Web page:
• Increasing upload test coverage (#705) would ensure that the main functionality of the app (uploading pictures to Commons) is not compromised whenever a new feature or change is introduced. This would prevent the app from breaking if manual testing does not detect issues prior to releasing the app to the public.

As a side note, both of the above improvements would also encourage and make it easier for new volunteer developers to dive into the project in the future.

Prevent overwrites


Overwrites occur occasionally in the app (#228). While the number of overwrites is not high (it only happened 290 times in the past year out of 20554 uploaded pictures, i.e. 1.4% of the time), and so far it has only happened to sequential uploads by the same user (meaning they do not overwrite anyone else's files), it is still very much not intended and has potential to cause serious problems.

Currently, the way the app handles overwrites is: If the filename chosen by the user is not available (filename is already used), we silently add a numbered suffix to it and proceed with the upload. We would like to introduce an additional check during the upload process that informs the user that this filename already exists on Commons, and asks them to either confirm the new filename or enter their own (#703). With the implementation of multiple uploads (described in Part 3 - Allow multiple uploads), this should reduce overwrite occurrences while not causing too much inconvenience to the user.

Other improvements

  • Implement OAuth for login to protect user credentials (#819)
  • Prevent app from draining phone battery (#724)
  • Fix memory leaks to prevent "app not responding" issues (#636 and #628)
  • Fix the top 10 crashes (by number of reports) listed in Google Developer console
  • Fix "high priority" bugs



(Note: This budget has been revised twice. Once on 20 July 2017 based on endorsers' feedback, and the second time on 14 Aug 2017 based on changes in the project lead's personal circumstances. This should likely be the final revision unless WMF or the community requests any changes)

The total amount requested is 26306 USD for 6 months.

Budget breakdown


The items below represent the salary for each of the grantees involved in the project. These are the only costs expected; there are no travel or equipment costs.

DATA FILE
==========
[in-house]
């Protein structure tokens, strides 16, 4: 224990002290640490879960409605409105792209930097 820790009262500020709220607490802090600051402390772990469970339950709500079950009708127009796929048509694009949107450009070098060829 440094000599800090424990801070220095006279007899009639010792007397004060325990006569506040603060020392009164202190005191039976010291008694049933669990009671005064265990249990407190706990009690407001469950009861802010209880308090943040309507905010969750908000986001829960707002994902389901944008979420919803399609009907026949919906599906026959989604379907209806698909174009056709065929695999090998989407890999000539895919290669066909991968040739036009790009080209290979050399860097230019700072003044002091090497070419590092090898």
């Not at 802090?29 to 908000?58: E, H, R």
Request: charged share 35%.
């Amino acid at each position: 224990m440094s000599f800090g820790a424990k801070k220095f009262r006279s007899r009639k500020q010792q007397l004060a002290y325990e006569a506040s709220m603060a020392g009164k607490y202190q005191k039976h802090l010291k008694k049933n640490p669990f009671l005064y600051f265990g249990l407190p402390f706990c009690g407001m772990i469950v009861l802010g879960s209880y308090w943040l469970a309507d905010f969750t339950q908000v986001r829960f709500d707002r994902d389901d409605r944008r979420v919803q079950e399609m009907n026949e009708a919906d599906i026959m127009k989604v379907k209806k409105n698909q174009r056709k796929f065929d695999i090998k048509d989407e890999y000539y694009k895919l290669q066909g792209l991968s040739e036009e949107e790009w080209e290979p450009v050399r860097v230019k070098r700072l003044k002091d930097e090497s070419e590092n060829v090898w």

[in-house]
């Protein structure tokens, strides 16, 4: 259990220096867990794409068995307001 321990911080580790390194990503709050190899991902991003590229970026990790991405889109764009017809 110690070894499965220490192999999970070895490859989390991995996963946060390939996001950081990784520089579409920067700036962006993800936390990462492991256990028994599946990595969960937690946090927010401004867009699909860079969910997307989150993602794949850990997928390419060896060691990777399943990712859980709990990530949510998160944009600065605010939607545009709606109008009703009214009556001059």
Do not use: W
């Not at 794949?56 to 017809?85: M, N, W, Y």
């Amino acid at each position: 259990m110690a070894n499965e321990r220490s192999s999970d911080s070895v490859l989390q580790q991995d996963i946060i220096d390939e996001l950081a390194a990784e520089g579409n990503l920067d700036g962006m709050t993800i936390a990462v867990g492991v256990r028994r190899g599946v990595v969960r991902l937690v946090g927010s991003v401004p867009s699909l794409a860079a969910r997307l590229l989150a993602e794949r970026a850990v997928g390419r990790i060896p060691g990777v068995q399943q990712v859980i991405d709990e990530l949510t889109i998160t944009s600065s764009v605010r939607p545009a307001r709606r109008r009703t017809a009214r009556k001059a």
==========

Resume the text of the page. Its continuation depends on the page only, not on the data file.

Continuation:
Grantee Role Job description Commitment Person weeks Cost
  • Project & product manager
  • Android developer
  • Responsible for the entire project, product quality, and meeting grant reporting requirements
  • Managing app releases, communicating with users, integrating user feedback
  • Planning, coordinating and documenting work on the app
  • Android development
25 hrs/week 24 weeks(1) 13800 USD(2)
  • Android developer
  • Android development
15 hrs/week 26 weeks 5070 USD(3)
  • UI designer & developer (Android)
  • Assistant project manager
  • UI design & development (Android)
  • Managing code repository - testing and reviewing pull requests, organizing issues and crash reports
  • Supporting new contributors and volunteer collaborators
22 hrs/week 26 weeks 7436 USD(4)
Total 26306 USD

(1) I will be taking 2 weeks of unpaid leave out of the 6 months, hence 24 weeks

(2) Based on salary of 23 USD/hr at 25 hrs/week (to cover living costs in Australia). The average hourly salary for an Android developer in Australia is between 26.50[1] to 60[2] AUD/hr (20.56 to 46.54 USD/hr, based on exchange rate of 1 USD = 1.29 AUD on 14 July 2017)

(3) Based on salary of 13 USD/hr at 15 hrs/week (to cover living costs in India). The average hourly salary for an Android developer in India is Rs 494.35 per hour[3] (7.67 USD/hr, based on exchange rate of 1 USD = Rs 64.46 on 14 July 2017).

(4) Based on salary of 13 USD/hr at 22 hrs/week (to cover living costs in Turkey). The average salary for a full-time Java developer in Turkey is 1400 USD/month[4], pro-rated at 8.08 USD/hr for 15 hours/week[5].



Targeted impact - encouraging users to take and upload photos of places that need them


The "Nearby places that need photos" feature is being emphasized in the renewal not just due to its popularity with users, but also because of its potential for targeted impact. For instance, Wikimedia Czech Republic has mentioned that this feature helps them with their media acquisition support program, where one of their goals is to take pictures of all unphotographed yet geo-located items on Wikidata[6].